The silk dragon: translations from the Chinese
Arthur Sze has rare qualifications when it comes to translating Chinese: he is an award-winning poet who was raised in both languages. A second-generation Chinese-American, Sze has gathered over 70 poems by poets who have had a profound effect on Chinese culture, American poetics and Sze's own maturation as an artist. Also included is an informative insightful essay on the methods and processes involved in translating ideogrammic poetry.
by Tu Fucan only look out alone at the moon.
From Ch'ang-an I pity my children
who cannot yet remember or understand.
Her hair is damp in the fragrant mist.
Sze's anthology features poets who have become literary icons to generations of Chinese readers and scholars. Included are the poems of the great, rarely translated female poet Li Ching Chao alongside the remorseful exile poems of Su Tung-p'o. This book will prove a necessary and insightful addition to the library of any reader of poetry in translation.
The poets include:
Arthur Sze is the author of six previous books of poetry, including The Redshifting Web and Archipelago. He has received the Asian American Literary Award for his poetry and translation, a prestigious Lannan Literary Award, and was recently a finalist for the Leonore Marshall Poetry Prize. He teaches at the Institute of American Indian Arts.
from A Painting of a Cat
Nan Ch'uan wanted to be reborn as a water buffalo,
The Last Day
Water sobs and sobs in the bamboo pipe gutter.
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SILK DRAGONUser Review - Book Verdict
In this small, select collection of poems, Sze, author of six previous books of poetry and professor of creative writing at the Institute of American Indian Arts in New Mexico, has made accessible to Western readers the works of 18 Chinese poets previously translated into English sparsely, if at all. Among the most valuable aspects of this sensitively crafted collection is the introduction, in which Sze describes, in fascinating detail, his translation process, from the word clusters he creates for each Chinese ideogram to the finished poem. The Silk Dragon (Sze's metaphor for poetry) begins with the timeless poems of T'ao Ch'ien ("Evening dew moistens my clothes;/ but so what if my clothes are wet / I choose not to avoid anything that comes") and moves on to such masters of poetry as Wang Wei, Li Po, and Shen Chou, to name just a few. Toward the end, the reader is introduced to the contemporary poetry of Yen Chen, whose distinctive "party" voice nonetheless reflects his heritage: "The traveling bells ring quick/ like beans jumping in the frying pan." Recommended. Judy Clarence, California State Univ. Lib., Hayward ...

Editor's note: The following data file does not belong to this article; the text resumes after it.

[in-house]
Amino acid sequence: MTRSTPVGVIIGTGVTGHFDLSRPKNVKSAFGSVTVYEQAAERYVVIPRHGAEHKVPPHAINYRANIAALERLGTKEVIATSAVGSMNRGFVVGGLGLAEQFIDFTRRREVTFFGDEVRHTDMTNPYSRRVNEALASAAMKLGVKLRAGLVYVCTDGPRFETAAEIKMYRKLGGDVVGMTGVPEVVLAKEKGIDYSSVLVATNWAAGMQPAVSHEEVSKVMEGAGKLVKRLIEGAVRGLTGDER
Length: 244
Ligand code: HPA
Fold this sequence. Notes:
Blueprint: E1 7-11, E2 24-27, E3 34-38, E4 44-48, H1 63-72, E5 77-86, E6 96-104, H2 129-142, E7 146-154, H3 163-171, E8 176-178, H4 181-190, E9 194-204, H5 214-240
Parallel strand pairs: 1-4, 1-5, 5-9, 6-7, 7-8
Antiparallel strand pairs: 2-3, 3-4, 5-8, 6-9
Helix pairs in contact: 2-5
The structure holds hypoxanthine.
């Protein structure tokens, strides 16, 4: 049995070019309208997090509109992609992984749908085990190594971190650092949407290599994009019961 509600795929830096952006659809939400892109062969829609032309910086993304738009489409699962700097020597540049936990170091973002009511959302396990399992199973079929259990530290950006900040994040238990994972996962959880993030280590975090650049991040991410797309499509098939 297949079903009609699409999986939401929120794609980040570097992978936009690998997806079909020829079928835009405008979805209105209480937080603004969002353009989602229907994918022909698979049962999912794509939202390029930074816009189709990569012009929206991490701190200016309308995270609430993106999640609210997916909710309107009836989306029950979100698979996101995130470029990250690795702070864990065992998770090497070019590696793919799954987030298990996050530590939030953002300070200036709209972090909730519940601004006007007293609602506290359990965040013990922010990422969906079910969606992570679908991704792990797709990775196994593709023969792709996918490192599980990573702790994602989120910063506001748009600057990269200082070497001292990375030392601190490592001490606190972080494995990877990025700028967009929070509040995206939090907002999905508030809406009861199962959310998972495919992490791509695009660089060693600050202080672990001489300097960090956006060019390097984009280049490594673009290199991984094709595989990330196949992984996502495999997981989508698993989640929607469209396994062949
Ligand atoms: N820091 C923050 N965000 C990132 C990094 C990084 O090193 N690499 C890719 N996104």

Review: Silk Dragon: Translations from the ChineseUser Review - Joannie - Goodreads
3.5 stars. I really liked how the translator went through a detailed process of how he did each translation: however, I just didn't find them that convincing at times. He sacrifices the flow of the ... Read full review
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